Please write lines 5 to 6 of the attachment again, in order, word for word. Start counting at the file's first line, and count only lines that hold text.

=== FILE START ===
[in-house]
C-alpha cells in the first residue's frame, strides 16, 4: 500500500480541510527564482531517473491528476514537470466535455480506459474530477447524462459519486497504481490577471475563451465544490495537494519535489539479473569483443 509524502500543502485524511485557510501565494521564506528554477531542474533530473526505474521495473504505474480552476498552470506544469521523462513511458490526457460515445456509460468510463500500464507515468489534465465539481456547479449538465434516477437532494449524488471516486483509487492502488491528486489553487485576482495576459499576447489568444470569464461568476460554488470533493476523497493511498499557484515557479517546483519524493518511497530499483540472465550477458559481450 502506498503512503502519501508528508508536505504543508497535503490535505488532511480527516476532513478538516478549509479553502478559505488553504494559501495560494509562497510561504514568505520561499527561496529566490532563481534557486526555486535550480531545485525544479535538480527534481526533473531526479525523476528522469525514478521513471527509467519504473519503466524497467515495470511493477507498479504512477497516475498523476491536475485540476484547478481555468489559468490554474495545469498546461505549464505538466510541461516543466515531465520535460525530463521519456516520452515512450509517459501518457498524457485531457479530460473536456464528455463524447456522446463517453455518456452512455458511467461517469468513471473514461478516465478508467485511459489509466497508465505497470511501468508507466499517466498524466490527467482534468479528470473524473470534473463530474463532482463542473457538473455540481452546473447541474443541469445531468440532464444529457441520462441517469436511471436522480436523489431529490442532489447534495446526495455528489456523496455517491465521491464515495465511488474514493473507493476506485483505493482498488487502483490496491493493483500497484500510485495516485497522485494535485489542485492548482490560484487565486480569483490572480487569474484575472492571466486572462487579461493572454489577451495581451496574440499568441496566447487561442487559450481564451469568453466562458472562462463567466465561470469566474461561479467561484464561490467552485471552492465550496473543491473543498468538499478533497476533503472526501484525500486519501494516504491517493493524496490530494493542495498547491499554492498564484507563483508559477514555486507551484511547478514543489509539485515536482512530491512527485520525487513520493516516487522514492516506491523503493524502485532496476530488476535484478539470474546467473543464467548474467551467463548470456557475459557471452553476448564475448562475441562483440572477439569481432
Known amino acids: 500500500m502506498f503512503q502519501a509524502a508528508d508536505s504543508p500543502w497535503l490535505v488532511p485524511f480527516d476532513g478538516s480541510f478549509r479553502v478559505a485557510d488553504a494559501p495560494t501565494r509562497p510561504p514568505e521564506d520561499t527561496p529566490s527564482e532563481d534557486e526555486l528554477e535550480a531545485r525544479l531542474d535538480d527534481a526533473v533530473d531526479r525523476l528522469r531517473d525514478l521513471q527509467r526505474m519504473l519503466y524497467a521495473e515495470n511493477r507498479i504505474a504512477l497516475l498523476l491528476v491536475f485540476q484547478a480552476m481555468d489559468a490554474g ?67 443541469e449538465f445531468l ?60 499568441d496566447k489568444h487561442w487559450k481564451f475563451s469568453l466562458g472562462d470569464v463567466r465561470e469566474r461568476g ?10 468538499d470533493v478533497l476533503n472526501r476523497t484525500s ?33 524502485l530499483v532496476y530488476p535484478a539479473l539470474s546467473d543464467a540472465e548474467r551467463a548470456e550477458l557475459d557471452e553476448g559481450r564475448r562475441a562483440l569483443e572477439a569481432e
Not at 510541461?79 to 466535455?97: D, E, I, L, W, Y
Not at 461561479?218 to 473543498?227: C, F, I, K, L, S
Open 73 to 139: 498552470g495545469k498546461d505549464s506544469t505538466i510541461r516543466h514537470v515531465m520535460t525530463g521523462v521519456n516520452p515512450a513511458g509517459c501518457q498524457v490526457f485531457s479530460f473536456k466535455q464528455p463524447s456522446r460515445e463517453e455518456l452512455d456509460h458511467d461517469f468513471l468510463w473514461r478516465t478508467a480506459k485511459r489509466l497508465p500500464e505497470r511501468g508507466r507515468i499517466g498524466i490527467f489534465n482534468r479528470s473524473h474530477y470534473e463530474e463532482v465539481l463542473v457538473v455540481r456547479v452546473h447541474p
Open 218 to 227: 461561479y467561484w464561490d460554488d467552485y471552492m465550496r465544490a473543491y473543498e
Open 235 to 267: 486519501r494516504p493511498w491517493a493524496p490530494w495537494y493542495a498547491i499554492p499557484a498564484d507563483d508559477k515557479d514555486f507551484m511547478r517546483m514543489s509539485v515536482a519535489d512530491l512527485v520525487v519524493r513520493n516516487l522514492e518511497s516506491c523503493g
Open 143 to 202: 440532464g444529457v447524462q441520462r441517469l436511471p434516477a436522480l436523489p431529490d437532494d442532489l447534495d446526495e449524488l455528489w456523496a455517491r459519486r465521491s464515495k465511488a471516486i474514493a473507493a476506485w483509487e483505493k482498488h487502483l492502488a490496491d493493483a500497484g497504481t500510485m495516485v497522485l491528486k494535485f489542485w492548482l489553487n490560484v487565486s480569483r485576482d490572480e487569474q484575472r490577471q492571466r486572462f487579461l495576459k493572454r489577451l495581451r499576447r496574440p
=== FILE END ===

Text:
Not at 461561479?218 to 473543498?227: C, F, I, K, L, S
Open 73 to 139: 498552470g495545469k498546461d505549464s506544469t505538466i510541461r516543466h514537470v515531465m520535460t525530463g521523462v521519456n516520452p515512450a513511458g509517459c501518457q498524457v490526457f485531457s479530460f473536456k466535455q464528455p463524447s456522446r460515445e463517453e455518456l452512455d456509460h458511467d461517469f468513471l468510463w473514461r478516465t478508467a480506459k485511459r489509466l497508465p500500464e505497470r511501468g508507466r507515468i499517466g498524466i490527467f489534465n482534468r479528470s473524473h474530477y470534473e463530474e463532482v465539481l463542473v457538473v455540481r456547479v452546473h447541474p